β€œI'm doing this work because there's only about a hundred Wolastoqey speakers left,” he says. β€œIt's crucial for us to make sure that we're using our language and passing it on to the next generation. If you lose the language, you're not just losing words; you're losing an entire way of seeing and experiencing the world from a distinctly indigenous perspective.”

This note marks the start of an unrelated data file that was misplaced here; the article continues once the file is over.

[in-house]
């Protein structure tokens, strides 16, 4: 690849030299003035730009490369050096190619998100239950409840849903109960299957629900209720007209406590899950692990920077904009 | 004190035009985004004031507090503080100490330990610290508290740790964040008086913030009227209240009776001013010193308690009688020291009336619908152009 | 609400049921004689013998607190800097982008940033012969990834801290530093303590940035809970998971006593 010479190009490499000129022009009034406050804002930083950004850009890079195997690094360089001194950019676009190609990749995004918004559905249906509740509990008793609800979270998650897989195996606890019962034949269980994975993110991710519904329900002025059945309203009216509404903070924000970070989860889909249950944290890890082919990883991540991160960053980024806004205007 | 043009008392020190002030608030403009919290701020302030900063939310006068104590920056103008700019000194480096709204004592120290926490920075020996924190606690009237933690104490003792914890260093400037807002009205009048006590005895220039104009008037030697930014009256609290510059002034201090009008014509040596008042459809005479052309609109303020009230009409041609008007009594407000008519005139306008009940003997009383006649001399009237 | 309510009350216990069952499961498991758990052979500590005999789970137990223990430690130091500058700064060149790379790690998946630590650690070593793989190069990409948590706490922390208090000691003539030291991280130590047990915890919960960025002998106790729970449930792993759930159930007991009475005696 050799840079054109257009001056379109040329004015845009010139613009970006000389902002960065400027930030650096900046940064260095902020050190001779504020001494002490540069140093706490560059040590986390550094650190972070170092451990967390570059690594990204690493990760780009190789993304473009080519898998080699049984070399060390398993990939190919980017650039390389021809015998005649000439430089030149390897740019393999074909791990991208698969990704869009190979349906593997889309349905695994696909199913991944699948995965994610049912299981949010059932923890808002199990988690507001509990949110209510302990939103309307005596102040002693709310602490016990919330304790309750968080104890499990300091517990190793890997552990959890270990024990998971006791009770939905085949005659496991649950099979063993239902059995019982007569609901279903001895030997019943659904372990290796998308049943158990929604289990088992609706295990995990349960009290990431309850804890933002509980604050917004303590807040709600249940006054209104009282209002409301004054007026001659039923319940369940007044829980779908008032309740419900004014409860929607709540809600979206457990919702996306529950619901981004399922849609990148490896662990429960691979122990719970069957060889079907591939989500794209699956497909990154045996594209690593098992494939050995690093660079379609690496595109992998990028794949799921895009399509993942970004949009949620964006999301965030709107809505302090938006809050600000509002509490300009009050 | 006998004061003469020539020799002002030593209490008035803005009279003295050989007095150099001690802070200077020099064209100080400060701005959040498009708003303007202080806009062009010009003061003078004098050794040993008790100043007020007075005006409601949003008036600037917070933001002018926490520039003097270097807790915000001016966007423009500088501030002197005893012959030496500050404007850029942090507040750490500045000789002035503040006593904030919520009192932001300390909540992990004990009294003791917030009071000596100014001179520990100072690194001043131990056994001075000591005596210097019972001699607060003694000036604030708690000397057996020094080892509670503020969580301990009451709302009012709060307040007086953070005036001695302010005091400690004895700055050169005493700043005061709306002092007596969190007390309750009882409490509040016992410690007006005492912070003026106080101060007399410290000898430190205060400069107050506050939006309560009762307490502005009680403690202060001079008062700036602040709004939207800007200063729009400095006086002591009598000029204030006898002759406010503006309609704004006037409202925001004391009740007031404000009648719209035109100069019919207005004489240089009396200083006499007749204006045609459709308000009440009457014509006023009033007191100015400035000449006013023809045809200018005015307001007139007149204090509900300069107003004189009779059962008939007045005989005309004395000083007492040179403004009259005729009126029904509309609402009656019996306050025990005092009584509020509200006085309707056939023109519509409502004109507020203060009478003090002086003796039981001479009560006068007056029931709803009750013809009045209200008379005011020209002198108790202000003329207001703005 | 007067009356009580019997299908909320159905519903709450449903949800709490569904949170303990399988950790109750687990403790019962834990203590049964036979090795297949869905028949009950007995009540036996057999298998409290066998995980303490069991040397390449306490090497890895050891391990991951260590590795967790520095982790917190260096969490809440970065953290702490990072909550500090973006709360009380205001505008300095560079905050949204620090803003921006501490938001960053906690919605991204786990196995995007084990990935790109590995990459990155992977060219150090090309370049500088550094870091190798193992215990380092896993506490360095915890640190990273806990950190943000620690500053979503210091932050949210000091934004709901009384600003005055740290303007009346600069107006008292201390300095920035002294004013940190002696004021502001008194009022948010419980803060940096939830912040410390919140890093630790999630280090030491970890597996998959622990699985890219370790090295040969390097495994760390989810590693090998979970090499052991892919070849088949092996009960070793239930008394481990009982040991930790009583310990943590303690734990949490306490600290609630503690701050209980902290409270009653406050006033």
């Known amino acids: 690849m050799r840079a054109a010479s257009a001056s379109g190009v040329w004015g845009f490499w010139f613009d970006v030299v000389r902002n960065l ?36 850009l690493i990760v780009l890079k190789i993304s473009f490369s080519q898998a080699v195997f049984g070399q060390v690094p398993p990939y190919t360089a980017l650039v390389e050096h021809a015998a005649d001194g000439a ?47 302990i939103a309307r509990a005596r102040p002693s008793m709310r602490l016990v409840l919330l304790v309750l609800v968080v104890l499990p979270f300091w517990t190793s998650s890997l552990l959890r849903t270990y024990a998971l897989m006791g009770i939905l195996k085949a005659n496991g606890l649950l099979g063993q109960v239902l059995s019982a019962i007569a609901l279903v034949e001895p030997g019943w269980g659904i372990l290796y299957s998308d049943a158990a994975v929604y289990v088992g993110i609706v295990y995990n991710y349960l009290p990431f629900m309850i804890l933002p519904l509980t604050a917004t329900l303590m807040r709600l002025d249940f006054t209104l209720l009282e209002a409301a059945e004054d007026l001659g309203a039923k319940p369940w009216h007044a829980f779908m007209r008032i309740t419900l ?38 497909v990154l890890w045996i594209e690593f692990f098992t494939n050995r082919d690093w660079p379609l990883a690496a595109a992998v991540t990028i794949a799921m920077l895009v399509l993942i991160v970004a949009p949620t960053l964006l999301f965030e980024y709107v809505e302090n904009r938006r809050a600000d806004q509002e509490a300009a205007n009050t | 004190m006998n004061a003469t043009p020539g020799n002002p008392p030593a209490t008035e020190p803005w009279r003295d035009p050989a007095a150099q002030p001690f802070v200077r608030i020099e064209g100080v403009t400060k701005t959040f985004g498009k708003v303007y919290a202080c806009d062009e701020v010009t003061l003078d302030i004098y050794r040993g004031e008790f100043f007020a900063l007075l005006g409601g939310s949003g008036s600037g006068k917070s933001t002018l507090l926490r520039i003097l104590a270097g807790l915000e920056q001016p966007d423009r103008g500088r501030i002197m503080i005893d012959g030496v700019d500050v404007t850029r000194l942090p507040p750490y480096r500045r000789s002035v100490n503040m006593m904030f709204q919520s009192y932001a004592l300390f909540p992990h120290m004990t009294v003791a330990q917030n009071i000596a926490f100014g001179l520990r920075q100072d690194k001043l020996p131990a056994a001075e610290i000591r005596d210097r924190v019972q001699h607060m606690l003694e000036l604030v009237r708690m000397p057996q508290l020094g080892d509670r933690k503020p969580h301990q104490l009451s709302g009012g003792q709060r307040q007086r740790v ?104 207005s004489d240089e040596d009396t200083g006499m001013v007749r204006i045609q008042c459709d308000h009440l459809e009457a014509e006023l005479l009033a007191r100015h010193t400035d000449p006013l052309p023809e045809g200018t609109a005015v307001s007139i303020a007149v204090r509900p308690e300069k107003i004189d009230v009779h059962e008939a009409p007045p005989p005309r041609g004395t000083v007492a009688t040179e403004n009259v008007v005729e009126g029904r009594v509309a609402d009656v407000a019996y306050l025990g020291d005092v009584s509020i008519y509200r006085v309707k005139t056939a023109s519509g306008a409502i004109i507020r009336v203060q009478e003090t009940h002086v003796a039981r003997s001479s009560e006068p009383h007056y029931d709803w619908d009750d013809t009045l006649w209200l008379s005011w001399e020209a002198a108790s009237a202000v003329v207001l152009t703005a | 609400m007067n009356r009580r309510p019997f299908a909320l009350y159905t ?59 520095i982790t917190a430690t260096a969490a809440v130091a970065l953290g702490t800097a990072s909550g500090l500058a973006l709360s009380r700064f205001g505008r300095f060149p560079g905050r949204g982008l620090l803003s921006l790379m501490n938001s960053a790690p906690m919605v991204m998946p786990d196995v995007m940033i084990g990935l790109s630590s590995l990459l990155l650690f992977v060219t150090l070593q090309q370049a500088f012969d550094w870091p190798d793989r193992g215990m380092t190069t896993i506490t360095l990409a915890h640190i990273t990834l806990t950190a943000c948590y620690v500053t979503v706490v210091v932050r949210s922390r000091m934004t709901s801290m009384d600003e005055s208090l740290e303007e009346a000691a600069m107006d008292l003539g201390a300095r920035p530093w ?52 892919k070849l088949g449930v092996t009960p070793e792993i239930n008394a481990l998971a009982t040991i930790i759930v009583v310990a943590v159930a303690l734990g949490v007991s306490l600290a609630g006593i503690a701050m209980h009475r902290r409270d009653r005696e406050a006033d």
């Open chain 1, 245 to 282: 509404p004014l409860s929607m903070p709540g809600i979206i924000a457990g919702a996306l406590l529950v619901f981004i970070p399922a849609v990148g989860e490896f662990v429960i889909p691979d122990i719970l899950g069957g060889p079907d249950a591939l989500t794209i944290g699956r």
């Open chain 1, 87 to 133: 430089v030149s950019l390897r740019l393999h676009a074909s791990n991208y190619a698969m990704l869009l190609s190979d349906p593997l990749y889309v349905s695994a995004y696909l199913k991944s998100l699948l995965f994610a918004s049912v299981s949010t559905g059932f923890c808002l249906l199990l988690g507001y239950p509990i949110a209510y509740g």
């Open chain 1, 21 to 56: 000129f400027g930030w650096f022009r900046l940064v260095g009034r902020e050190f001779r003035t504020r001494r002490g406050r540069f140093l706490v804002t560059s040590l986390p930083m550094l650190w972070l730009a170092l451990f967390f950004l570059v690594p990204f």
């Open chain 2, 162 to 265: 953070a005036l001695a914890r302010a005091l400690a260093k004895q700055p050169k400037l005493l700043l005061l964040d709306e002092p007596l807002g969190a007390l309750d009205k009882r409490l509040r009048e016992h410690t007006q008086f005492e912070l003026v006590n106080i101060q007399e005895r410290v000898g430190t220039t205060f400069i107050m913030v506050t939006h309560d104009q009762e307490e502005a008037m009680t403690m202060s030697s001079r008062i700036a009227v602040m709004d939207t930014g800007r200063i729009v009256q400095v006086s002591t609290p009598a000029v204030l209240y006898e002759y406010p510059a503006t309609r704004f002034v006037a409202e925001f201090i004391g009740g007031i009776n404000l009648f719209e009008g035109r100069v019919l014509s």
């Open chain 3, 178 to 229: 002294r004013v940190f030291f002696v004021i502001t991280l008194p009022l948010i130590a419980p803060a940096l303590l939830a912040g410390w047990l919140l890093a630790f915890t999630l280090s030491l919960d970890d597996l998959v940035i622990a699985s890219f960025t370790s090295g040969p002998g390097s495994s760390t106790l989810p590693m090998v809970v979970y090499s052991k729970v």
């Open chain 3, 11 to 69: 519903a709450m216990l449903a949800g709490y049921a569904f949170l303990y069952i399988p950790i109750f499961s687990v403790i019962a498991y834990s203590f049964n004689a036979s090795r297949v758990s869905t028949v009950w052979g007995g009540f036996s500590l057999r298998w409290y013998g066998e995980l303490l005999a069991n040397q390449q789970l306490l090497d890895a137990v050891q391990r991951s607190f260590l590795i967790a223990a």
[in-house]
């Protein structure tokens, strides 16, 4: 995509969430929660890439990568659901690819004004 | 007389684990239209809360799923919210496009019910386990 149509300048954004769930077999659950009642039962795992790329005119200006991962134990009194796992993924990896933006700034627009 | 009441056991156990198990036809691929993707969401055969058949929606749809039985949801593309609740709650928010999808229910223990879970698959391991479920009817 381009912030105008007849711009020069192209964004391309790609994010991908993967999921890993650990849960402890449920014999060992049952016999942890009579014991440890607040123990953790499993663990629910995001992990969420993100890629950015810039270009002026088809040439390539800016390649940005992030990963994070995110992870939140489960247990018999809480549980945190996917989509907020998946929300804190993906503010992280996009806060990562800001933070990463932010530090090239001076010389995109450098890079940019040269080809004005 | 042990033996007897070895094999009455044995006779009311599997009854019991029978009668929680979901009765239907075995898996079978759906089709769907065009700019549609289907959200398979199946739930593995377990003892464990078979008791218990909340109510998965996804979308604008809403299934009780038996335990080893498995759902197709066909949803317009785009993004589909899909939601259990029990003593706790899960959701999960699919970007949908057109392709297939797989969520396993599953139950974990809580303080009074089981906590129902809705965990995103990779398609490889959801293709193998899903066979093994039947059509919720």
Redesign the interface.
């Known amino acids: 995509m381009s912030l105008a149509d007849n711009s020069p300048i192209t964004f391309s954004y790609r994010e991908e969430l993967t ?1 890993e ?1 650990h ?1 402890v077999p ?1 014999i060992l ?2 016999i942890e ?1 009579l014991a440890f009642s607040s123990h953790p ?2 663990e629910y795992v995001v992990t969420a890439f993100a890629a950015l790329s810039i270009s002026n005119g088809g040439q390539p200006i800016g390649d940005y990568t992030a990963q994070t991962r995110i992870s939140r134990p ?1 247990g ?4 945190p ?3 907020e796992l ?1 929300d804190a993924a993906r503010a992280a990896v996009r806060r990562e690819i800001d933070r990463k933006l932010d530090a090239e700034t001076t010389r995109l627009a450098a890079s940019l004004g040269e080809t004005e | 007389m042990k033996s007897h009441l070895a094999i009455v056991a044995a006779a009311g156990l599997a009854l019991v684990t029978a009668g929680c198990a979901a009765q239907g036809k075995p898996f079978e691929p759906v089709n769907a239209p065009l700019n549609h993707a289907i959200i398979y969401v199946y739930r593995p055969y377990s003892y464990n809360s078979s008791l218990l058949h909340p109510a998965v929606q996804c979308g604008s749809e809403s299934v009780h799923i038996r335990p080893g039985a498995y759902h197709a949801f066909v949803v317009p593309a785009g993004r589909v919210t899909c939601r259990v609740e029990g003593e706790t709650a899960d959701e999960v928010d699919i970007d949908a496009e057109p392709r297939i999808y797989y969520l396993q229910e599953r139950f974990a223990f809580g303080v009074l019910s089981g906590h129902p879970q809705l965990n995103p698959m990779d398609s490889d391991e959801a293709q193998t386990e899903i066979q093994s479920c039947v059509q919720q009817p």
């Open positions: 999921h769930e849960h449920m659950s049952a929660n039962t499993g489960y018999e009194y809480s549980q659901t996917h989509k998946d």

Performer, composer, activist, musicologist, Jeremy Dutcher, his music, too, transcends boundaries: unapologetically playful in its incorporation of classical influences, full of reverence for the traditional songs of his home, and teeming with the urgency of modern-day struggles of resistance.